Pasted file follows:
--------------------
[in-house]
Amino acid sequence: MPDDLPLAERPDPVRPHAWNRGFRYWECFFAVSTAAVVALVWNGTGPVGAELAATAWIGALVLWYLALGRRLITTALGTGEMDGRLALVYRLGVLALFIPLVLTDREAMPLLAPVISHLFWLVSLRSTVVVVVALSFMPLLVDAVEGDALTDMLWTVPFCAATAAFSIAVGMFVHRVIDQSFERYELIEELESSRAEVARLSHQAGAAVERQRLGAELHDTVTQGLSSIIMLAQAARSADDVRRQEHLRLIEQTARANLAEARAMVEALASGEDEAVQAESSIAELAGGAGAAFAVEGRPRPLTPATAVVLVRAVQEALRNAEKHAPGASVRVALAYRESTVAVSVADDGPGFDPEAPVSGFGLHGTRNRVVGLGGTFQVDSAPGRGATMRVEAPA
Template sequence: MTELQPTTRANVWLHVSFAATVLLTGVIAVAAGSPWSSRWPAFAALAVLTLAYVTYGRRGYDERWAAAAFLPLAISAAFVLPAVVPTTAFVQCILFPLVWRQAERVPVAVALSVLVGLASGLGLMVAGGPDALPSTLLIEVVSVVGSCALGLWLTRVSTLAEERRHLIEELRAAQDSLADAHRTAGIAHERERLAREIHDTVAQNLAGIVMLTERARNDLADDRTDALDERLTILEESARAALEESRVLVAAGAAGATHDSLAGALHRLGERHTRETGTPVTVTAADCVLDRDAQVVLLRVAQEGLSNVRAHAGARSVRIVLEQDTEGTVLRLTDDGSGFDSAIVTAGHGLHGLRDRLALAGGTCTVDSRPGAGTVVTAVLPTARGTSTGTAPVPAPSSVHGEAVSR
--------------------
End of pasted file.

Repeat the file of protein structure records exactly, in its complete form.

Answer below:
[in-house]
Amino acid sequence: MPDDLPLAERPDPVRPHAWNRGFRYWECFFAVSTAAVVALVWNGTGPVGAELAATAWIGALVLWYLALGRRLITTALGTGEMDGRLALVYRLGVLALFIPLVLTDREAMPLLAPVISHLFWLVSLRSTVVVVVALSFMPLLVDAVEGDALTDMLWTVPFCAATAAFSIAVGMFVHRVIDQSFERYELIEELESSRAEVARLSHQAGAAVERQRLGAELHDTVTQGLSSIIMLAQAARSADDVRRQEHLRLIEQTARANLAEARAMVEALASGEDEAVQAESSIAELAGGAGAAFAVEGRPRPLTPATAVVLVRAVQEALRNAEKHAPGASVRVALAYRESTVAVSVADDGPGFDPEAPVSGFGLHGTRNRVVGLGGTFQVDSAPGRGATMRVEAPA
Template sequence: MTELQPTTRANVWLHVSFAATVLLTGVIAVAAGSPWSSRWPAFAALAVLTLAYVTYGRRGYDERWAAAAFLPLAISAAFVLPAVVPTTAFVQCILFPLVWRQAERVPVAVALSVLVGLASGLGLMVAGGPDALPSTLLIEVVSVVGSCALGLWLTRVSTLAEERRHLIEELRAAQDSLADAHRTAGIAHERERLAREIHDTVAQNLAGIVMLTERARNDLADDRTDALDERLTILEESARAALEESRVLVAAGAAGATHDSLAGALHRLGERHTRETGTPVTVTAADCVLDRDAQVVLLRVAQEGLSNVRAHAGARSVRIVLEQDTEGTVLRLTDDGSGFDSAIVTAGHGLHGLRDRLALAGGTCTVDSRPGAGTVVTAVLPTARGTSTGTAPVPAPSSVHGEAVSR